Finance officials from Beijing in Moscow on Thursday held a videoconference to discuss the creation of a “supra-national reserve currency,” the latest evidence of the support China is getting from developing countries as it seeks to replace the U.S. dollar as the world’s main reserve currency.
This controversial proposal – and the support that it’s getting – also underscores China’s continued emergence as a growing global force in both the financial and political arenas. That’s a trend that successful global investors won’t be able to ignore.
The recent torrent of criticism to swirl around the dollar began with remarks by Chinese Premier Wen Jiabao. Speaking last month at a press conference leading up to the recent Group 20 meeting in London, Premier Wen voiced his concern about the value of China’s large holdings of U.S. Treasuries.
“We have lent a huge amount of money to the United States,” he said. “Of course, we are concerned about the safety of our assets. To be honest, I am definitely a little bit worried. I request the U.S. to maintain its good credit, to honor its promises and to guarantee the safety of China’s assets.”
Of China’s $2 trillion in foreign currency holdings, about $1 trillion is invested in U.S. Treasuries and notes issued by other government affiliated agencies, such as Fannie Mae (FNM: 0.74 +0.06 +8.82%) and Freddie Mac (FRE: 0.77 +0.07 +10.00%).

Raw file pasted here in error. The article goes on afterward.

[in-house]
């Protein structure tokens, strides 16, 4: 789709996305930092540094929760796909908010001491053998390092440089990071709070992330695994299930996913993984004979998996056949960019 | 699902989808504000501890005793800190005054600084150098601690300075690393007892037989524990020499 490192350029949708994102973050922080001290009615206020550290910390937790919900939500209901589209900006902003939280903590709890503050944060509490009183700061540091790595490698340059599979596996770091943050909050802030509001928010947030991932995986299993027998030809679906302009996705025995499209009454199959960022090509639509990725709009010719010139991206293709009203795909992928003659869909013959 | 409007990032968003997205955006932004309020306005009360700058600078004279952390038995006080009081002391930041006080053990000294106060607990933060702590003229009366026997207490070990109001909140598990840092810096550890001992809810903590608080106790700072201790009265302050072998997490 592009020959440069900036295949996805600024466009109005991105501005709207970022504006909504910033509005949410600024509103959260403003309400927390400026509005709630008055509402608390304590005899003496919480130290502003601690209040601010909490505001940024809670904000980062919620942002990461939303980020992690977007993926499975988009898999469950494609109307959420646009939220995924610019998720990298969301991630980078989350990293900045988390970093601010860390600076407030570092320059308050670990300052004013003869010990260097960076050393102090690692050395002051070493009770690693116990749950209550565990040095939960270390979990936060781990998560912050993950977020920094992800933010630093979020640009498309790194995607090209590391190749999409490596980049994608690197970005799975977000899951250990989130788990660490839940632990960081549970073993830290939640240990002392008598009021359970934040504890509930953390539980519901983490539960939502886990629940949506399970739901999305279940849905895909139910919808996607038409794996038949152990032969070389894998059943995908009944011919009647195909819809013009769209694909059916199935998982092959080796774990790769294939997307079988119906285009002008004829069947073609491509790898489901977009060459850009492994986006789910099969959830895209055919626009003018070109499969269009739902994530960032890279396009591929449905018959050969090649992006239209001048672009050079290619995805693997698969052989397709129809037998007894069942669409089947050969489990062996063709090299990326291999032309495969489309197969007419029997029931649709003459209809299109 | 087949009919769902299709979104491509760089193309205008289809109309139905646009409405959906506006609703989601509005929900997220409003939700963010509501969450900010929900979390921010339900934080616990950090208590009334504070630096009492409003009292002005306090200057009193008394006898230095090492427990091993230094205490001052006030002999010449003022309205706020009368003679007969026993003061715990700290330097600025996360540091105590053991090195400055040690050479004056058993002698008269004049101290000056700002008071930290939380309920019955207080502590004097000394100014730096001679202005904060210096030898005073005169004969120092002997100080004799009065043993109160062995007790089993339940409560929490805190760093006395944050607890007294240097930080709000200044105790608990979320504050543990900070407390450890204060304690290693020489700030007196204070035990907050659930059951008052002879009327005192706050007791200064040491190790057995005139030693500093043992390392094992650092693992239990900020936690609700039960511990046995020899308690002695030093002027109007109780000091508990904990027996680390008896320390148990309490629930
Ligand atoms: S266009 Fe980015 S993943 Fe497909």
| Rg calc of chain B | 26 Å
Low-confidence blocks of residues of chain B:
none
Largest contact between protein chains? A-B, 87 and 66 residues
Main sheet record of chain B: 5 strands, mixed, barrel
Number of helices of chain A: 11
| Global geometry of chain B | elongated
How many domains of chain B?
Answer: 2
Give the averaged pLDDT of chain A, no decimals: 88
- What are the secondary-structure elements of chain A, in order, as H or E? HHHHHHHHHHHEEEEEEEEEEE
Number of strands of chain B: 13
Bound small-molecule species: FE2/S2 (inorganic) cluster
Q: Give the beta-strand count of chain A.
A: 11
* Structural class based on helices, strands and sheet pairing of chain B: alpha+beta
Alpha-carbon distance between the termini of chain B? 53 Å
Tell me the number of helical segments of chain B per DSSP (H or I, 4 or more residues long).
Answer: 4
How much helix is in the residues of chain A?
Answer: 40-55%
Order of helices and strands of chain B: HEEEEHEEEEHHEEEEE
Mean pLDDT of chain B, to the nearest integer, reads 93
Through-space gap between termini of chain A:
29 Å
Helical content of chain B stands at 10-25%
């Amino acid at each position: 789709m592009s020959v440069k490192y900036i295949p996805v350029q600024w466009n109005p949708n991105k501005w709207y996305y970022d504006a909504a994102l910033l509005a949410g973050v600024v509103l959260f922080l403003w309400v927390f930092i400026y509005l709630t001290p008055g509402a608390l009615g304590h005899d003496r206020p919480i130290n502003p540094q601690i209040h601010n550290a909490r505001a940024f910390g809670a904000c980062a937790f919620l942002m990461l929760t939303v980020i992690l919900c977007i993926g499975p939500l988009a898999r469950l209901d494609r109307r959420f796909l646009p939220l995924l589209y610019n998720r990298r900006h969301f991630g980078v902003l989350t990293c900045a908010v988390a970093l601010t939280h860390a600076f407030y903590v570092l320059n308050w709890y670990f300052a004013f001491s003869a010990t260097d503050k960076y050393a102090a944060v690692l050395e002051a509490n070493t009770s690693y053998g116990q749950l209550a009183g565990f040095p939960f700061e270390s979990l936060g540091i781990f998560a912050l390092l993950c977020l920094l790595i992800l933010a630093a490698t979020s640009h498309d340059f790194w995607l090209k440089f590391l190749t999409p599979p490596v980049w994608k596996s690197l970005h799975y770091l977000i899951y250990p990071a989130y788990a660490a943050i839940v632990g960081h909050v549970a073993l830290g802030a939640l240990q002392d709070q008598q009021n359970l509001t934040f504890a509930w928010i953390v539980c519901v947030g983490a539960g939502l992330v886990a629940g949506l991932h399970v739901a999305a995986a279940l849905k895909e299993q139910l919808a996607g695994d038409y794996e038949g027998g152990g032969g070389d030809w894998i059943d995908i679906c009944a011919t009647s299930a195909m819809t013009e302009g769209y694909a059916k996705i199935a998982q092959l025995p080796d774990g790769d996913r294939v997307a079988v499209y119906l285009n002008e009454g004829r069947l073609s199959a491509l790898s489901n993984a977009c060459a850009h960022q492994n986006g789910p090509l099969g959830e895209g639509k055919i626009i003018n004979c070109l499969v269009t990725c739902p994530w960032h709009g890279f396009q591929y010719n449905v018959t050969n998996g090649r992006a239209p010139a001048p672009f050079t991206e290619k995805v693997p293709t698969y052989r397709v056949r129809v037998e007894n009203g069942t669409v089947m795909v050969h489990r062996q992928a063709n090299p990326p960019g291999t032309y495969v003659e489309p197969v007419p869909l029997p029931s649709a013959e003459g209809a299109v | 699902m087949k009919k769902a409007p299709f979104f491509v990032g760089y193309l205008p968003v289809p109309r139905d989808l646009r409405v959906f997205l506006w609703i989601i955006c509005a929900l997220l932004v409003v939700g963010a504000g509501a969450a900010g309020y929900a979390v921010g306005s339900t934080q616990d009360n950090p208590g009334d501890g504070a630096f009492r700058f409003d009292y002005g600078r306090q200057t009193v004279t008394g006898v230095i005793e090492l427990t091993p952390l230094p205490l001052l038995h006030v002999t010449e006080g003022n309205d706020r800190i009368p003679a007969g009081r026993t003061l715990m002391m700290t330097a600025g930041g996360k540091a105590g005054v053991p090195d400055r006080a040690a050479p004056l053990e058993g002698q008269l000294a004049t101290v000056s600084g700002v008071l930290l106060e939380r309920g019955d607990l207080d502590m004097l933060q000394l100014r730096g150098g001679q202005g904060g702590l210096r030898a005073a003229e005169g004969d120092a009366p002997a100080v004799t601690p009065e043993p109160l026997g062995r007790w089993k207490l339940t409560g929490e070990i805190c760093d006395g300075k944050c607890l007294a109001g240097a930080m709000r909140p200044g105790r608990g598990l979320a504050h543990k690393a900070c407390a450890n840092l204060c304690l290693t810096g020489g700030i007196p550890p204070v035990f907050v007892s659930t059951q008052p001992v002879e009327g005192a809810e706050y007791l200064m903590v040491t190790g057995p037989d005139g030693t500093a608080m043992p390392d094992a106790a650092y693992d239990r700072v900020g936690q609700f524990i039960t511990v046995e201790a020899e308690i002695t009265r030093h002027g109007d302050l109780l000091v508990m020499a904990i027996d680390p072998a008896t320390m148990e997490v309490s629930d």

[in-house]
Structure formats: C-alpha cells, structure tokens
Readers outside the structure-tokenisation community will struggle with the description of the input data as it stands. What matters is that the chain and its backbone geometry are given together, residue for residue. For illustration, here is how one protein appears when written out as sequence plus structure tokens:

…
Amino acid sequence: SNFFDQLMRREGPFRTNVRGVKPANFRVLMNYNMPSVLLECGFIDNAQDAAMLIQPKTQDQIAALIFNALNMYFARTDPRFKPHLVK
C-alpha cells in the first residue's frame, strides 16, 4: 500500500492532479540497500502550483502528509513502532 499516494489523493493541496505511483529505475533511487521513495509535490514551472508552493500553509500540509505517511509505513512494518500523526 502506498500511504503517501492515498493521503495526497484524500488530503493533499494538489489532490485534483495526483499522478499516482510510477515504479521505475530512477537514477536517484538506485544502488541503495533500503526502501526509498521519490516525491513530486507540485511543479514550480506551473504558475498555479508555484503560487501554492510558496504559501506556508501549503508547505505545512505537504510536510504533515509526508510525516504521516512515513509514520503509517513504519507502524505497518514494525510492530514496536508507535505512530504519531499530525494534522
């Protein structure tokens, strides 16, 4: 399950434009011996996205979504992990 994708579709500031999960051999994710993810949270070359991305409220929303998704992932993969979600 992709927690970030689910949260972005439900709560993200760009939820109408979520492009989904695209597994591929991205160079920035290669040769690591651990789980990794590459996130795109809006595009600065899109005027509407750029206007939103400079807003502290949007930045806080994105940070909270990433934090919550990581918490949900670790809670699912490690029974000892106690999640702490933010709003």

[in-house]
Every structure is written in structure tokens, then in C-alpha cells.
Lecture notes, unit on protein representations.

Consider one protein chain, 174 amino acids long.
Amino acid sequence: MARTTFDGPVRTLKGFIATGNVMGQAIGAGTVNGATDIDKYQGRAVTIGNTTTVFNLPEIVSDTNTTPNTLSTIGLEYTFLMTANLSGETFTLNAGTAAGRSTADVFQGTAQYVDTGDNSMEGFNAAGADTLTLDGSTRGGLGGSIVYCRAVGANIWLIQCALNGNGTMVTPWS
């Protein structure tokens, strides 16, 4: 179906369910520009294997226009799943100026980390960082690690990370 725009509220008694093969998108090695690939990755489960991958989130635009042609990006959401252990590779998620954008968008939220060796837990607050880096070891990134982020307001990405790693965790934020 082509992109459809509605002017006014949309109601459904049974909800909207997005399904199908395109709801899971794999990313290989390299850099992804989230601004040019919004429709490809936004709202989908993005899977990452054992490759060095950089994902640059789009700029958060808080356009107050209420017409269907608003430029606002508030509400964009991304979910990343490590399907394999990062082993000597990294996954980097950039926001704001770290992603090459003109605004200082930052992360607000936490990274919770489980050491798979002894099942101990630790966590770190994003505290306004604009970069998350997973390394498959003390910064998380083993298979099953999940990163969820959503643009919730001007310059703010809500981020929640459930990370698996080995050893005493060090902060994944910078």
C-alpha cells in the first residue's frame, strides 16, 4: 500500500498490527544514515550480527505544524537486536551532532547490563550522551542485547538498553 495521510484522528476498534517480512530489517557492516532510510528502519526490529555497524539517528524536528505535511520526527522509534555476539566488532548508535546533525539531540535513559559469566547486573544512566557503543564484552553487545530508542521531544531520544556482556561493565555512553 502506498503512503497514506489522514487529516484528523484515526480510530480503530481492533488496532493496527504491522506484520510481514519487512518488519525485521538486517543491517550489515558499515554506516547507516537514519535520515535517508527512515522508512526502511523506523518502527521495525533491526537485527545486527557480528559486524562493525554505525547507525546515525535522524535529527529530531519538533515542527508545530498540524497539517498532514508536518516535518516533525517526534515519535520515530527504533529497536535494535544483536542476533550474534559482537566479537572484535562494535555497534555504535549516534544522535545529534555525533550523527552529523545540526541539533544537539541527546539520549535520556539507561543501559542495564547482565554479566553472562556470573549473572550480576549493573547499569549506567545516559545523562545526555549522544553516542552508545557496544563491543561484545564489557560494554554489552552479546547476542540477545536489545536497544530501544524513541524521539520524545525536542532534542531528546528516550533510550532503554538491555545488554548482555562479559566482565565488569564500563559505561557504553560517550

“They are worried about forever-rising deficits, which may devalue Treasuries by pushing interest rates higher,” JP Morgan & Co. (JPM: 32.75 +5.32 +19.39%) analyst Frank Gong told The Associated Press. “Inside China, there has been a lot of debate about whether they should continue to buy Treasuries.”
Earlier this year, the Congressional Budget Office (CBO) projected that the U.S. budget deficit would nearly triple from last year’s $455 billion – and would reach a staggering $1.2 trillion. And that was even before U.S. President Barack Obama unveiled his $787 billion in stimulus, bank-rescue and anti-foreclosure plans. And that massive projected shortfall also doesn’t include other fix-up initiatives that are sure to surface in the months ahead.
But rather than sit idly by and watch the value of its reserves be eroded by the U.S. government’s economic policies, China is trying to lay the foundation for future change.